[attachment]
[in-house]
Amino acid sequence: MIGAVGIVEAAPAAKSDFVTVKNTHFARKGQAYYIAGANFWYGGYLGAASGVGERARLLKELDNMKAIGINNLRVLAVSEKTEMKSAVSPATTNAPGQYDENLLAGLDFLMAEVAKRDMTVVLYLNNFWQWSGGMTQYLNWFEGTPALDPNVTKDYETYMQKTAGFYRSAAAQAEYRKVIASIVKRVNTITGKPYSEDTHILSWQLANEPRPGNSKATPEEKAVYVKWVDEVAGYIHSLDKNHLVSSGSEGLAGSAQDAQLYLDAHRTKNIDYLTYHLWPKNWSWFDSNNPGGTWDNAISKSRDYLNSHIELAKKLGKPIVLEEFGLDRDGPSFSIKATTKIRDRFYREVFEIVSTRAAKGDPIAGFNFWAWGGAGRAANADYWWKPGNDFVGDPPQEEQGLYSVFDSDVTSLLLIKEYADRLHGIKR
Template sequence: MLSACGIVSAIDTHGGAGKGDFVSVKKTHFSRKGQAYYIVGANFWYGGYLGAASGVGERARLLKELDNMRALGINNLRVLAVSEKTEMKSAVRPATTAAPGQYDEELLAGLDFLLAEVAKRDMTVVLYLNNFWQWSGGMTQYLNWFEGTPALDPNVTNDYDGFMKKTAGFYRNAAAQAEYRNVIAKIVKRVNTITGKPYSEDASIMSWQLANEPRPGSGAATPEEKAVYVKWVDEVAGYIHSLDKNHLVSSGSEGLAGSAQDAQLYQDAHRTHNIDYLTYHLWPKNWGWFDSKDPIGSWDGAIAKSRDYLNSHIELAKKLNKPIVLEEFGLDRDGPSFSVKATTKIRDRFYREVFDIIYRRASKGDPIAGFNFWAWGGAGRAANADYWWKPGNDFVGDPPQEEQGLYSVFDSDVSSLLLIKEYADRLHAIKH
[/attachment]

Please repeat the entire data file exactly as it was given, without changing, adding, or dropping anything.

[in-house]
Amino acid sequence: MIGAVGIVEAAPAAKSDFVTVKNTHFARKGQAYYIAGANFWYGGYLGAASGVGERARLLKELDNMKAIGINNLRVLAVSEKTEMKSAVSPATTNAPGQYDENLLAGLDFLMAEVAKRDMTVVLYLNNFWQWSGGMTQYLNWFEGTPALDPNVTKDYETYMQKTAGFYRSAAAQAEYRKVIASIVKRVNTITGKPYSEDTHILSWQLANEPRPGNSKATPEEKAVYVKWVDEVAGYIHSLDKNHLVSSGSEGLAGSAQDAQLYLDAHRTKNIDYLTYHLWPKNWSWFDSNNPGGTWDNAISKSRDYLNSHIELAKKLGKPIVLEEFGLDRDGPSFSIKATTKIRDRFYREVFEIVSTRAAKGDPIAGFNFWAWGGAGRAANADYWWKPGNDFVGDPPQEEQGLYSVFDSDVTSLLLIKEYADRLHGIKR
Template sequence: MLSACGIVSAIDTHGGAGKGDFVSVKKTHFSRKGQAYYIVGANFWYGGYLGAASGVGERARLLKELDNMRALGINNLRVLAVSEKTEMKSAVRPATTAAPGQYDEELLAGLDFLLAEVAKRDMTVVLYLNNFWQWSGGMTQYLNWFEGTPALDPNVTNDYDGFMKKTAGFYRNAAAQAEYRNVIAKIVKRVNTITGKPYSEDASIMSWQLANEPRPGSGAATPEEKAVYVKWVDEVAGYIHSLDKNHLVSSGSEGLAGSAQDAQLYQDAHRTHNIDYLTYHLWPKNWGWFDSKDPIGSWDGAIAKSRDYLNSHIELAKKLNKPIVLEEFGLDRDGPSFSVKATTKIRDRFYREVFDIIYRRASKGDPIAGFNFWAWGGAGRAANADYWWKPGNDFVGDPPQEEQGLYSVFDSDVSSLLLIKEYADRLHAIKH